Andrew Flintoff fell foul of the team management in the ICC Cricket World Cup 2007 after the infamous 'pedalo' incident.
However, Flintoff drank a little too much after a defeat to New Zealand in the opening stages of the tournament and ended up getting on a pedalo that ultimately capsised in the ocean.
He had to be dragged out by onlookers. Later he was stripped of the team's vice-captaincy as well as dropped for the next game against Canada. Flintoff's intention behind getting on the pedalo was to have a nightcap with Sir Ian, who was supposed to be moored on a yacht in the ocean.
2. Ricky Ponting (Australia)
What most people are not aware of is the fact that Australian great Ricky Ponting was dropped from the playing eleven in a One Day International for non-cricketing reasons. This incident happened back in 1996 when Australia were on a tour of India.
On a flight from Indore to Bengaluru, Ponting and his teammate Paul Reiffel, who was a fast bowler of repute and now an international umpire, got involved in a scuffle. Ponting had mocked Reiffel because a co-passenger spilt his lunch all over the fast bowler.
Mark Taylor, the captain of the Australian national team, got the duo together. Taylor explained why they had not been prudent in getting involved in a bust-up in a public place like an aeroplane where there are journalists on board.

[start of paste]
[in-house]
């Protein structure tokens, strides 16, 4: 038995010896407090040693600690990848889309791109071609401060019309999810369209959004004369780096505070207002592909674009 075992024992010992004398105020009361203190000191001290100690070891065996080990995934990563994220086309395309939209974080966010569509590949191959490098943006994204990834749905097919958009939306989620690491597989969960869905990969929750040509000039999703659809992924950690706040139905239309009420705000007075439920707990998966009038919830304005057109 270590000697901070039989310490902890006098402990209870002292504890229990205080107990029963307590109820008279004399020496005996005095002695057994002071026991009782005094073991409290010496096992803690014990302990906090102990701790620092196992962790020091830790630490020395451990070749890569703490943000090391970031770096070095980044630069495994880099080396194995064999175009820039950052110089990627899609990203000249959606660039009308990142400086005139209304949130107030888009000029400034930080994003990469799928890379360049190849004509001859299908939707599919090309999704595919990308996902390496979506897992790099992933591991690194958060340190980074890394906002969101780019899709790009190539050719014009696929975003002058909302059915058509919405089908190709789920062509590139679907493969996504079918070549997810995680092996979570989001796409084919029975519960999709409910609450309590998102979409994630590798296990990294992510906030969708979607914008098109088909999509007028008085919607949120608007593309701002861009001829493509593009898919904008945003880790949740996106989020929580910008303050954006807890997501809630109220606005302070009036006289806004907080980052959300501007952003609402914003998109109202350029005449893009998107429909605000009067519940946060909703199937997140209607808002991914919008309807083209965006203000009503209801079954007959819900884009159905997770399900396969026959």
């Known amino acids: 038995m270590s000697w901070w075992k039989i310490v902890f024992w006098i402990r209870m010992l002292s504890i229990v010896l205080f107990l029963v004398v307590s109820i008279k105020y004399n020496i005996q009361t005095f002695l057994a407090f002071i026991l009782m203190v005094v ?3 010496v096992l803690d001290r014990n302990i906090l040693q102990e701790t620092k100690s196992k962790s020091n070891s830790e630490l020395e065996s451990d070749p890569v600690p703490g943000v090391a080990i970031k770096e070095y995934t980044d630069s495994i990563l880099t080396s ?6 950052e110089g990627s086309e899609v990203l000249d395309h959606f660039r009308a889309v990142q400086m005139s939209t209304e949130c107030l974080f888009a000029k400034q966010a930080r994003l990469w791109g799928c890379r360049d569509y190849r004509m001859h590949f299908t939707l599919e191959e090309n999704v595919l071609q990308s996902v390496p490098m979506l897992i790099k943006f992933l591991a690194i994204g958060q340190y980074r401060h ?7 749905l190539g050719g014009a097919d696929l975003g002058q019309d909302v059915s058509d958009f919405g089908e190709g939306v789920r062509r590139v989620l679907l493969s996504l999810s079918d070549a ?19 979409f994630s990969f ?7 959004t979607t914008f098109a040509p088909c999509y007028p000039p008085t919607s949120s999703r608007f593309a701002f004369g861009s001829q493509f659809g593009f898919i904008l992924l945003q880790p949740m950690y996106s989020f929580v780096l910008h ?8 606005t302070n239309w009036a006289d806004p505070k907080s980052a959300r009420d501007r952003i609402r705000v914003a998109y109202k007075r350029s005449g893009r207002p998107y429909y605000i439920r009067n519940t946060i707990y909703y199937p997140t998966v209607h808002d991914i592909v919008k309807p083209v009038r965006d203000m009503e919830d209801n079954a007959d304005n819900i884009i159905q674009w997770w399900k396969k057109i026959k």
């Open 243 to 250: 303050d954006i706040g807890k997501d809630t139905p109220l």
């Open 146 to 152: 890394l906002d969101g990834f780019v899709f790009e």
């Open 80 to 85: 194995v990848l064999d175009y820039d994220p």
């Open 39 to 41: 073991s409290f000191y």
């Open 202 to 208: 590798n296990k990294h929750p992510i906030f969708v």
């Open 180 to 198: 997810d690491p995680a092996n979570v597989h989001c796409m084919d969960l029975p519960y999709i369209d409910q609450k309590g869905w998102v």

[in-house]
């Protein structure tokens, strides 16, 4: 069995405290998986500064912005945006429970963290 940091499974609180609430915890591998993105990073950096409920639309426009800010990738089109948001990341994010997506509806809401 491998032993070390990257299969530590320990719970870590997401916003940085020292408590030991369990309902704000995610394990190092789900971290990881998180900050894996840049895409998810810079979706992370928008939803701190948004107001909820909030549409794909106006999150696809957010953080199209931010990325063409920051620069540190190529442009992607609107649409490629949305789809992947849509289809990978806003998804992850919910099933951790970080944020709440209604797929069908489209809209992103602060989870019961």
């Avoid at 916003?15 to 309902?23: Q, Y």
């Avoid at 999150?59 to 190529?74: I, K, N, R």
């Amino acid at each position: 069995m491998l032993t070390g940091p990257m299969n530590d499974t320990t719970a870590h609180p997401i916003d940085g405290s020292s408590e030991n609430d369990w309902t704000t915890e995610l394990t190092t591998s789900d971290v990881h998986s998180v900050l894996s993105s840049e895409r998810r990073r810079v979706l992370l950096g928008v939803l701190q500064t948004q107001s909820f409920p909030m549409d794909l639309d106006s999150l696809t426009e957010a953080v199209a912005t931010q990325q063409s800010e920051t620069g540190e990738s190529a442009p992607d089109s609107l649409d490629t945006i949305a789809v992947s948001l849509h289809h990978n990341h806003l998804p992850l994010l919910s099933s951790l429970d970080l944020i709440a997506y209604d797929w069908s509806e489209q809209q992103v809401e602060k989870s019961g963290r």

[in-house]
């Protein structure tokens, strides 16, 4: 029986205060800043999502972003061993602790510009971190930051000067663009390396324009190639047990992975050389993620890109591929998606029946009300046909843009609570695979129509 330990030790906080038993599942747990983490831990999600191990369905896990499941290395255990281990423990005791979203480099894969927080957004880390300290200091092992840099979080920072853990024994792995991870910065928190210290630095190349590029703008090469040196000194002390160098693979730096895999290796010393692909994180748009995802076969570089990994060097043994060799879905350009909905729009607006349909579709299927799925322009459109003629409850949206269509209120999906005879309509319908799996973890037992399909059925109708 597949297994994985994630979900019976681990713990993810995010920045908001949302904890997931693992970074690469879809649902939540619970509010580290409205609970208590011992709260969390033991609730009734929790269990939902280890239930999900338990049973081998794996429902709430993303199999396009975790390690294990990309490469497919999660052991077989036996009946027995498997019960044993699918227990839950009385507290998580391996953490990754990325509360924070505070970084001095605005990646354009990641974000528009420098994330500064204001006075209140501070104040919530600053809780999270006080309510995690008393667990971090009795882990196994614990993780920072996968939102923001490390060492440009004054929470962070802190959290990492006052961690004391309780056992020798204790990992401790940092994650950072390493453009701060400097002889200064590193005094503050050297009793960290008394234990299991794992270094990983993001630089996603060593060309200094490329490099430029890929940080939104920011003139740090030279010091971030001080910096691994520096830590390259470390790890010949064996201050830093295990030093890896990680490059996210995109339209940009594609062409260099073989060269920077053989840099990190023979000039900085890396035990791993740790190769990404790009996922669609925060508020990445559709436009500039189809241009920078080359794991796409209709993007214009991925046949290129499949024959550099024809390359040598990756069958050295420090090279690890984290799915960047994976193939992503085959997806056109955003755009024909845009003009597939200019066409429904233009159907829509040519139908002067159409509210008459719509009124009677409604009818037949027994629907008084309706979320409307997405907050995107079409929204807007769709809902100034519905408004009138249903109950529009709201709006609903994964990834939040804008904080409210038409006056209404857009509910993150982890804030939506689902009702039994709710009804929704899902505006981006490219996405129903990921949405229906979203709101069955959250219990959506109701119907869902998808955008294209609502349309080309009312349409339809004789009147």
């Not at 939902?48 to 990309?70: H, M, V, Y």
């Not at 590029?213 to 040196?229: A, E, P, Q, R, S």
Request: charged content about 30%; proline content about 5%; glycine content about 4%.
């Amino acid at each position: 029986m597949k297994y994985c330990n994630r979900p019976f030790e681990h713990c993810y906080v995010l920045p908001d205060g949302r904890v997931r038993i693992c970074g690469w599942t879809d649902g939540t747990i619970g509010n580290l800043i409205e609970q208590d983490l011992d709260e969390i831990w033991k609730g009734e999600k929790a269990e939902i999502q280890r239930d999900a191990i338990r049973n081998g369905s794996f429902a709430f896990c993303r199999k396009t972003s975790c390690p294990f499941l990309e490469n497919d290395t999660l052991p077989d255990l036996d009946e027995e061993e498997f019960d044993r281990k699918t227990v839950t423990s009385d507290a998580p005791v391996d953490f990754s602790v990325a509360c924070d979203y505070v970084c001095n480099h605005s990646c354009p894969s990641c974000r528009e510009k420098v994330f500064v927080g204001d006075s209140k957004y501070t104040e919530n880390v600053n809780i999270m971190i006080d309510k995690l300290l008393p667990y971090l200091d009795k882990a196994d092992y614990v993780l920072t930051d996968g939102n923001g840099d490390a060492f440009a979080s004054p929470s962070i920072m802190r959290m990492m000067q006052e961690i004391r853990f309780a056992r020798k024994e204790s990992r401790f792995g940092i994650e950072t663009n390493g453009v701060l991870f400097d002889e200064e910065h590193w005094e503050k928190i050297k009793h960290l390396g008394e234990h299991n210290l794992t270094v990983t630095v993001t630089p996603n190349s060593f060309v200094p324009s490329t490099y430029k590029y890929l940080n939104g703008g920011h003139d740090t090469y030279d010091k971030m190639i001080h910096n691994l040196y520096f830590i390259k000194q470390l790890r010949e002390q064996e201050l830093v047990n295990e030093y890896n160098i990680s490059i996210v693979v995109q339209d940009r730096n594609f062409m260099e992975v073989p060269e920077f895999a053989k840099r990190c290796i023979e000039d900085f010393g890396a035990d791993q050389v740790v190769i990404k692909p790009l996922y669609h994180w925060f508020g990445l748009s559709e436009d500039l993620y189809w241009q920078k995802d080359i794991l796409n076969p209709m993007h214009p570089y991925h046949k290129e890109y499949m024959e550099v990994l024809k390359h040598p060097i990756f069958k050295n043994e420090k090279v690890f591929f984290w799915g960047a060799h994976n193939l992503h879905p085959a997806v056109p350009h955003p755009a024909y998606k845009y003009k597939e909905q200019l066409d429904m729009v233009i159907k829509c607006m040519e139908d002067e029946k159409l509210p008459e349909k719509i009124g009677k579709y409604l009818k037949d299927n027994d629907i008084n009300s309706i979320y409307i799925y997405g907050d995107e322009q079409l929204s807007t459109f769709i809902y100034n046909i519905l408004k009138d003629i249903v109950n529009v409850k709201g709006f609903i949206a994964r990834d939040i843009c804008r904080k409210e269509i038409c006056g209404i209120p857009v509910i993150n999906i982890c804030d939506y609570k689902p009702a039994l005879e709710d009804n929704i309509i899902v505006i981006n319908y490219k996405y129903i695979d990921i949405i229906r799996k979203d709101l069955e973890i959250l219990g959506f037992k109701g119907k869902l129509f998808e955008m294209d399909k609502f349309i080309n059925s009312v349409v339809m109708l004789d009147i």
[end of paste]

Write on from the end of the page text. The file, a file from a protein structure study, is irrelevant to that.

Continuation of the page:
The captain then proceeded to leave the two cricketers out of the next game in the series.
1. Kevin Pietersen (England)
One of the greatest cricketers to have represented the Three Lions, Kevin Pietersen was forever deemed to be a 'problem child' by the England and Wales Cricket Board.
The flamboyant South Africa-born batsman first made headlines for the wrong reasons in 2012 when he sent defamatory text messages to the South African team regarding England's captain Andrew Strauss and coach Andy Flower during an ongoing Test series.
Earlier, in 2008, he resigned from the Test and ODI captaincy after having fallen out with then-coach Peter Moores. He has also been involved in numerous controversies on the microblogging site Twitter where he has often ridiculed former cricketers.
Following the text-gate controversy in 2012, Pietersen was shown the door but later reintegrated into the team. However, the final nail on Pietersen's coffin came after the 2013/14 Ashes, when the ECB had had enough of him and told him so.Published 12 May 2020, 13:45 IST